Although the film was valorised for its bold and rich production design and was praised as the cinematic phenomenon of technological artistry, Blade Runner was largely condemned and discarded as a curious and expensive debacle — full of powerful images yet plagued by inert intellectual rewards. Scott, they said, was far too interested in developing style rather than content, more interested in detailing his sets than developing his script. These views were and are unsatisfying. Academic and independent critics, however, were more patient in their efforts, more meditative in their appraisals.
Posted on October 21, by Bryce Lynch This will be long. I beg your understanding for my verbosity hypocrisy; this is the product of four years work. I have now reviewed every adventure in every print issue of Dungeon Magazine. I started in August ofafter spending several months locating issues.
It was a herculean effort and, several times, it broke me. Or maybe you do. I did every fantasy adventure and most of the sci-fi ones.
I generally reviewed them Wednesday, Thursday, and Fridays, taking notes and then writing the review on Saturday for posting the next Saturday morning on my review website tenfootpole.
I have review standards and strong beliefs on what makes a good adventure. First and foremost it has to be useful to the DM at the table while they running it. You can use it as inspiration, steal parts from it, or use it as a doorstop if you want, but, judged as an adventure, it has to be useful at the table.
My standards are VERY high.
A large part of being useful at the table is a writing style that allows the DM to scan the text quickly during play and locate information. The characters walk in to a room and the DM must quickly, in just seconds, locate the description, grok it, and relate it to the players.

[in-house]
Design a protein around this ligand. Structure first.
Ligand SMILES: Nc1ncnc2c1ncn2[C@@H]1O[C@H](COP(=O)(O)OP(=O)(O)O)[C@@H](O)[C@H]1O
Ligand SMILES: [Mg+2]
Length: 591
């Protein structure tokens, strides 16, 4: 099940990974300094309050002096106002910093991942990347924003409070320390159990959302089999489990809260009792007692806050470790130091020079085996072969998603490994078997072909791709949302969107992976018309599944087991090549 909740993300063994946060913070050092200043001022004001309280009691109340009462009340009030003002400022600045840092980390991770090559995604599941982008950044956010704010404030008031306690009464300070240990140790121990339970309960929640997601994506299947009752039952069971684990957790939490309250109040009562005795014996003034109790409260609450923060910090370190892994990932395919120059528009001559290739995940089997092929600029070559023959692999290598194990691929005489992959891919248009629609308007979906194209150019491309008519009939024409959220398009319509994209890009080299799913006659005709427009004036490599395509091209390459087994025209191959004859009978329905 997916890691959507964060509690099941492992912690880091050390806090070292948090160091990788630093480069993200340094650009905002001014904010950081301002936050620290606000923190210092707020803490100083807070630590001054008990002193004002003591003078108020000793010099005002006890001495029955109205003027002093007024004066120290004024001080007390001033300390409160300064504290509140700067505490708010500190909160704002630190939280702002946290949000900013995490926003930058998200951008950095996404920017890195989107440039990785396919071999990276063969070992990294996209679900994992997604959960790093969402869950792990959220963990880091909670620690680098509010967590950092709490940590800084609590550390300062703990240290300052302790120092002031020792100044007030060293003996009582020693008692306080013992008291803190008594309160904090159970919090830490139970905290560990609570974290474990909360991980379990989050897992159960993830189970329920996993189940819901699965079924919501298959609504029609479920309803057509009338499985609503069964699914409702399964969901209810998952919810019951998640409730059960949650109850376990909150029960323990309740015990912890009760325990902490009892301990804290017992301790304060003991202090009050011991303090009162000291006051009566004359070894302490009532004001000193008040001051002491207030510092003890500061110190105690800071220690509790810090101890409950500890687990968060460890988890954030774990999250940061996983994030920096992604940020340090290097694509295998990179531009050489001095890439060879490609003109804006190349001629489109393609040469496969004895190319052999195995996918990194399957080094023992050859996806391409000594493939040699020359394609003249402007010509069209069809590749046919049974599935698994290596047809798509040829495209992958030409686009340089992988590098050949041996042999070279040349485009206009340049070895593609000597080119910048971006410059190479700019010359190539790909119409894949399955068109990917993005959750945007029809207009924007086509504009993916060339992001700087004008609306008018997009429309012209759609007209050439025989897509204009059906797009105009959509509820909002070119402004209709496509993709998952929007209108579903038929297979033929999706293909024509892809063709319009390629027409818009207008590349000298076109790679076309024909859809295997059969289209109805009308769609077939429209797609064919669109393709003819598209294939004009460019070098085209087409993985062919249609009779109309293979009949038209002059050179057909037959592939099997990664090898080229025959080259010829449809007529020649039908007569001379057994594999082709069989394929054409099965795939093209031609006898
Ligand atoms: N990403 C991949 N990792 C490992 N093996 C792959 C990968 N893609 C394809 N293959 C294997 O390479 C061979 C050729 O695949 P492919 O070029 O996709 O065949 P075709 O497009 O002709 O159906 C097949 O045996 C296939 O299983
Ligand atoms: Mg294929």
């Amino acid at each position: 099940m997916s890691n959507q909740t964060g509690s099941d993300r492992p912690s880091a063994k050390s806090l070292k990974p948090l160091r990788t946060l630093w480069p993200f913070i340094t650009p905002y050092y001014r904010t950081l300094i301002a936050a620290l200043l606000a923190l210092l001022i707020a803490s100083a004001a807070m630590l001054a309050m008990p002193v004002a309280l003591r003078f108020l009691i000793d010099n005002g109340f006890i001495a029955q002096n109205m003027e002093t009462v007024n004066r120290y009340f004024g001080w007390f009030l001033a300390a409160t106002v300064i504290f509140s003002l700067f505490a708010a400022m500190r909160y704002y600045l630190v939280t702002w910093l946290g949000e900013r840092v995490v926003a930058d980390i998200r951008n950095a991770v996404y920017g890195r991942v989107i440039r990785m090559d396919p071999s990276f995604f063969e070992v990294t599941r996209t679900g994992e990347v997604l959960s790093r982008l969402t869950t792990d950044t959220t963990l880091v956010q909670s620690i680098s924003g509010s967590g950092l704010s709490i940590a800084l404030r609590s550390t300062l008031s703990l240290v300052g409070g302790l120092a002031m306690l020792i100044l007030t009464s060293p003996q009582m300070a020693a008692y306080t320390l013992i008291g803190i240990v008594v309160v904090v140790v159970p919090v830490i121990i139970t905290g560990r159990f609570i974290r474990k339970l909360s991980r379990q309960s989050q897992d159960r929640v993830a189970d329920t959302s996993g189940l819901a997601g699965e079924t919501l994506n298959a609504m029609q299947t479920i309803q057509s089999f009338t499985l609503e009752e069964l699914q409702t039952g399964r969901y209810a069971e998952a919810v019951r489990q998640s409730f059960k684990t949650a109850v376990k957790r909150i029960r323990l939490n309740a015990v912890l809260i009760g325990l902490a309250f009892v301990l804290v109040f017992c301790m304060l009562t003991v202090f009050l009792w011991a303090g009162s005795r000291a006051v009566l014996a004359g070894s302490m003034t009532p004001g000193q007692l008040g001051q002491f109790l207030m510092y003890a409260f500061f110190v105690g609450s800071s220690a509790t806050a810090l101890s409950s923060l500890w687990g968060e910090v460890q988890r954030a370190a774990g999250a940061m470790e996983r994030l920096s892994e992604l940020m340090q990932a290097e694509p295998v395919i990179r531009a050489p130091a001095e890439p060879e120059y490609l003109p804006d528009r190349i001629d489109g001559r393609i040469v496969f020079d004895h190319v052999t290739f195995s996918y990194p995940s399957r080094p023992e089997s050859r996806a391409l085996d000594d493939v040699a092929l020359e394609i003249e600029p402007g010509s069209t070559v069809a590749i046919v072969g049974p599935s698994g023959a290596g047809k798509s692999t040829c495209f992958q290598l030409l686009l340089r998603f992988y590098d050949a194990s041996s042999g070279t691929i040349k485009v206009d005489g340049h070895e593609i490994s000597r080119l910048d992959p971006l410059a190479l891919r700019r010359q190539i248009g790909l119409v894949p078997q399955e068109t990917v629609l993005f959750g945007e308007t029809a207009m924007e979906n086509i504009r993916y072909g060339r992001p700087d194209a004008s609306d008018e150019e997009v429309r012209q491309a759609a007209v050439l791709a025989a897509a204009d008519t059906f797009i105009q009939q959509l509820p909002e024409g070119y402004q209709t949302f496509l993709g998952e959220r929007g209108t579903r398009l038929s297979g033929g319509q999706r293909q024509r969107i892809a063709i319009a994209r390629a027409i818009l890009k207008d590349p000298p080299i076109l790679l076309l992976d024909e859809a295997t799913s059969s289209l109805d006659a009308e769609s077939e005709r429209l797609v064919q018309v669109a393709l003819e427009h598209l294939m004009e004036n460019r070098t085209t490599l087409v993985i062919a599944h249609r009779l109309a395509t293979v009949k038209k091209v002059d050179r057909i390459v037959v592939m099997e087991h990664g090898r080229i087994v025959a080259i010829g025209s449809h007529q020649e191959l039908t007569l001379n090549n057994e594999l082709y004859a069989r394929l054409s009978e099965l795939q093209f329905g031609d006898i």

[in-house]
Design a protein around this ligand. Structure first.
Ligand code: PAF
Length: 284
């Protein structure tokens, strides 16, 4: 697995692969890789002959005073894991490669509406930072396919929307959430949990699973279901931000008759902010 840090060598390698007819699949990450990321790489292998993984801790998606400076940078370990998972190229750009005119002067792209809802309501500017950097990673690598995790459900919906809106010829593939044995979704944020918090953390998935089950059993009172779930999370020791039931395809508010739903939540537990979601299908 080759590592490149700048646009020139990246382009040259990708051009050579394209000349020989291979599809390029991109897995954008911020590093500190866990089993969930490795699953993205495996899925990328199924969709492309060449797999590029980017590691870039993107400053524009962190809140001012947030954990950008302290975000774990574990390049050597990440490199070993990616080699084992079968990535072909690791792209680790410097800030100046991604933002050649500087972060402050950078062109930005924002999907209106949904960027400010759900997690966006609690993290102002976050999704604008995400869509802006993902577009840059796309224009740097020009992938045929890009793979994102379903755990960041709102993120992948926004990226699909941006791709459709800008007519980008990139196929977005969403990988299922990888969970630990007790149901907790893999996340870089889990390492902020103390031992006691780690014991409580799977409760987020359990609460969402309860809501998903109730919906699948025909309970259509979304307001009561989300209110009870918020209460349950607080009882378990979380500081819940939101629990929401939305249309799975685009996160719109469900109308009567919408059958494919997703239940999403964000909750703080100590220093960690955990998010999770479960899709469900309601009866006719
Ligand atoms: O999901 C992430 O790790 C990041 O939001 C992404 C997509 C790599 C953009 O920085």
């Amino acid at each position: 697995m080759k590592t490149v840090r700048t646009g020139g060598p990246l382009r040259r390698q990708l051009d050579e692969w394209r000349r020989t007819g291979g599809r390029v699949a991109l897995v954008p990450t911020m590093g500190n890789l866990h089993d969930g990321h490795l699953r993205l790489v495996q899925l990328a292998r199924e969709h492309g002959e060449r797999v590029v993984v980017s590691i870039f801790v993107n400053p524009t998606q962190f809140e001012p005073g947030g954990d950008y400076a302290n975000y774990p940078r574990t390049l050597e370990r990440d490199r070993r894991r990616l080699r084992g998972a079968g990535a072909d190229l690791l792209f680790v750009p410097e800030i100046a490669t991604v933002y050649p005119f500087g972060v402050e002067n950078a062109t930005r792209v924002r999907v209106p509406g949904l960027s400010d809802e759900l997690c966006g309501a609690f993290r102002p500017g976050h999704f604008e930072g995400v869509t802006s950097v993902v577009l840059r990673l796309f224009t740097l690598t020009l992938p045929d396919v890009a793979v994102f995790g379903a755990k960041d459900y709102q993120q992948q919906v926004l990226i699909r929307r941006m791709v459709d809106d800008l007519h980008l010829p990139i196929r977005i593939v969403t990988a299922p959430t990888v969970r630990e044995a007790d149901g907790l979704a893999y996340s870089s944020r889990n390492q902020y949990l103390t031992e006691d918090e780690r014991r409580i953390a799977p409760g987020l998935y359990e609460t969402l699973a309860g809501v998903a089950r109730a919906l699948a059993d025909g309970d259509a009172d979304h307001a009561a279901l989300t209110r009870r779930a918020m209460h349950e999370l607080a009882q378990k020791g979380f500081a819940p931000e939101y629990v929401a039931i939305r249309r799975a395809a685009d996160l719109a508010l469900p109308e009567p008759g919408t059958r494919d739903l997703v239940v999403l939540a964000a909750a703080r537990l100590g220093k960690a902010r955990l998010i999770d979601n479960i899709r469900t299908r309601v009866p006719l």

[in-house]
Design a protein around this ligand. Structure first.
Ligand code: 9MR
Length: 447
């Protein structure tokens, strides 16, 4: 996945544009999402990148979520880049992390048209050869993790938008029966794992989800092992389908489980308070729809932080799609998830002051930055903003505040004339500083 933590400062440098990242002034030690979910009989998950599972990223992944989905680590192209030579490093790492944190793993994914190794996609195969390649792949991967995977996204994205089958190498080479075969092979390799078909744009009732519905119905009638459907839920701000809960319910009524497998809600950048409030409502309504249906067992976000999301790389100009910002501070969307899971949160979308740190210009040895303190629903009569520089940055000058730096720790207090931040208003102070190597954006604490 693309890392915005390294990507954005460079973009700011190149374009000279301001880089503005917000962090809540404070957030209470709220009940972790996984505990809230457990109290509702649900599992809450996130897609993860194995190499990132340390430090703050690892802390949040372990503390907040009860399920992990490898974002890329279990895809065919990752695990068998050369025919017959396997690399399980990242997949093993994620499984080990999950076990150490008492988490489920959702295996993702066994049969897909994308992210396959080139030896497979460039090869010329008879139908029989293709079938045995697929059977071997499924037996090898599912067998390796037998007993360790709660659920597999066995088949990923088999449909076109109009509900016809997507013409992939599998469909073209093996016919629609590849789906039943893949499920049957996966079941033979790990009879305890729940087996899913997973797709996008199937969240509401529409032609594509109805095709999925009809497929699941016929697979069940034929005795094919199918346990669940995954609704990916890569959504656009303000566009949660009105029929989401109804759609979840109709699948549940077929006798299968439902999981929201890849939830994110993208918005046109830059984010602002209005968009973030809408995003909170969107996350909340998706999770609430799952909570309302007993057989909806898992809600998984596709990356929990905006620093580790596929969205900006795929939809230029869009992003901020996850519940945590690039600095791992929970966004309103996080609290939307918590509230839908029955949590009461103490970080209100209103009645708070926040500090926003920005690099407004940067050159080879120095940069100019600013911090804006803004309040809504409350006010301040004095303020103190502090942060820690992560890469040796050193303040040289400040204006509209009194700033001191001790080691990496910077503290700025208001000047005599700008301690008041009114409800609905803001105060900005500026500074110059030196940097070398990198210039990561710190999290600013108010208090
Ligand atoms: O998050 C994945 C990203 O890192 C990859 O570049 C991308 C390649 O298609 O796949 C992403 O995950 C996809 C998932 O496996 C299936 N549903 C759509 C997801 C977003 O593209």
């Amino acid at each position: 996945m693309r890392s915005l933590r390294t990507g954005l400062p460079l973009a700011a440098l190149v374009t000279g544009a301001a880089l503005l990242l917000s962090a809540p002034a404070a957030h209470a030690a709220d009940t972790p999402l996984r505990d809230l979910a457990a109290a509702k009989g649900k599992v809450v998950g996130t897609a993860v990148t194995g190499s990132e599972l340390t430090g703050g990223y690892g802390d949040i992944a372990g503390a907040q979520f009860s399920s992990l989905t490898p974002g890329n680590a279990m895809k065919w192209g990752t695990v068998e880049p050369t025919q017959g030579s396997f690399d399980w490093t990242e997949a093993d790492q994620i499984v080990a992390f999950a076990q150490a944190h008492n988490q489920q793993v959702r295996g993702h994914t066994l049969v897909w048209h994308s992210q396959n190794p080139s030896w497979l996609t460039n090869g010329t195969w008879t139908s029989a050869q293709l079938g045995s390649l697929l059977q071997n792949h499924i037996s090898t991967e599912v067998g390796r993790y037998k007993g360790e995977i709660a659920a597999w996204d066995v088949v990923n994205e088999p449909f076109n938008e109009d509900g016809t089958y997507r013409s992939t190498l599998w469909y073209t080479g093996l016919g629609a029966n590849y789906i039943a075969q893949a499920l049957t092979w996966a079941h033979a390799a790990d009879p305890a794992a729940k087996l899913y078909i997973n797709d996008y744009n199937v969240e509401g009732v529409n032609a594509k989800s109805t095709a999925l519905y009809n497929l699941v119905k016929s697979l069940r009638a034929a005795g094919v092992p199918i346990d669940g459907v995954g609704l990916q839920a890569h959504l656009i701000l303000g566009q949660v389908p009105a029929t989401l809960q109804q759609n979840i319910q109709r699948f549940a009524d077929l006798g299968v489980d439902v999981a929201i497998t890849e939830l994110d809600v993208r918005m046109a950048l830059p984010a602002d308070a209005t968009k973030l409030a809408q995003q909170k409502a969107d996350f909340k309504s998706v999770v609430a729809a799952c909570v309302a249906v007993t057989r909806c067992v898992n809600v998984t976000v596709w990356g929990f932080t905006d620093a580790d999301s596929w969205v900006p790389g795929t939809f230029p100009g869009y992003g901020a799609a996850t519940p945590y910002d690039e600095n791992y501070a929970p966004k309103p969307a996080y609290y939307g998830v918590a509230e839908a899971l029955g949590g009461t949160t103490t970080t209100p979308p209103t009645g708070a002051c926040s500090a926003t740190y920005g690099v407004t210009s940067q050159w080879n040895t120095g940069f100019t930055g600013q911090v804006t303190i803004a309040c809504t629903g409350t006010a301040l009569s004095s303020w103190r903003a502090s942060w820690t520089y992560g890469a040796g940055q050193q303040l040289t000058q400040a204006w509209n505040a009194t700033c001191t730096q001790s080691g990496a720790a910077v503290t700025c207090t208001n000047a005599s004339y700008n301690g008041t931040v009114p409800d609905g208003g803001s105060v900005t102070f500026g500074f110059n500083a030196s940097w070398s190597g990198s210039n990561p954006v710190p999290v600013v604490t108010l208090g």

Then as they react the DM must continue scanning and absorbing to react to their actions as guided by the DM text for the room. After this, we come to creativity, interesting encounters, and all the rest. But first, it has to be useful to the DM at the table.
Dungeon Magazine is an abject failure in this regard. Mountains of backstory, mountains of room text. All of it fights the DM running it at the table. If you are including something in the main text then it has to be directly useful for play.
It reveled in useless detail. I also empathize with their jobs, having to wade through garbage day after day. While my task was voluntary they had the extra pressure of mortgages and kids to raise.
As far as genres, the Oriental Adventures pieces were generally good, especially the earlier ones.
But as folklore-heavy adventure with talking animals and relatable situations then they score high. The Adventure Paths in Dungeon Magazine were generally dreadful.
The Mere of Deadmen series, a proto-adventure path, had a couple of decent ideas and adventures before becoming mired in boringness.
I generally found the first couple of adventures in the series interesting, and an occasional idea in later issues.
The trek through the jungle after a shipwreck in Tides had some nice set pieces. There was also a great diplomacy idea with demon lords in the same series.MSTS Abstract Submission Guidelines The MSTS Program Committee welcomes abstracts relative to all aspects of musculoskeletal oncology and limb salvage and are especially interested in the "Category" topics listed on the abstract submission.
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Phenomenal write up. This must have been a daunting task to say the least. I haven’t played D&D in a while but I’m hooked man.
I’d love to try Depths of Rage and The Spottle Parlor. The abstract is usually written after all the basic components of the paper have been written. The abstract is a distillation of the four major segments: introduction, methods, results, and discussion.
The abstract is organized along these subheadings. Economy is .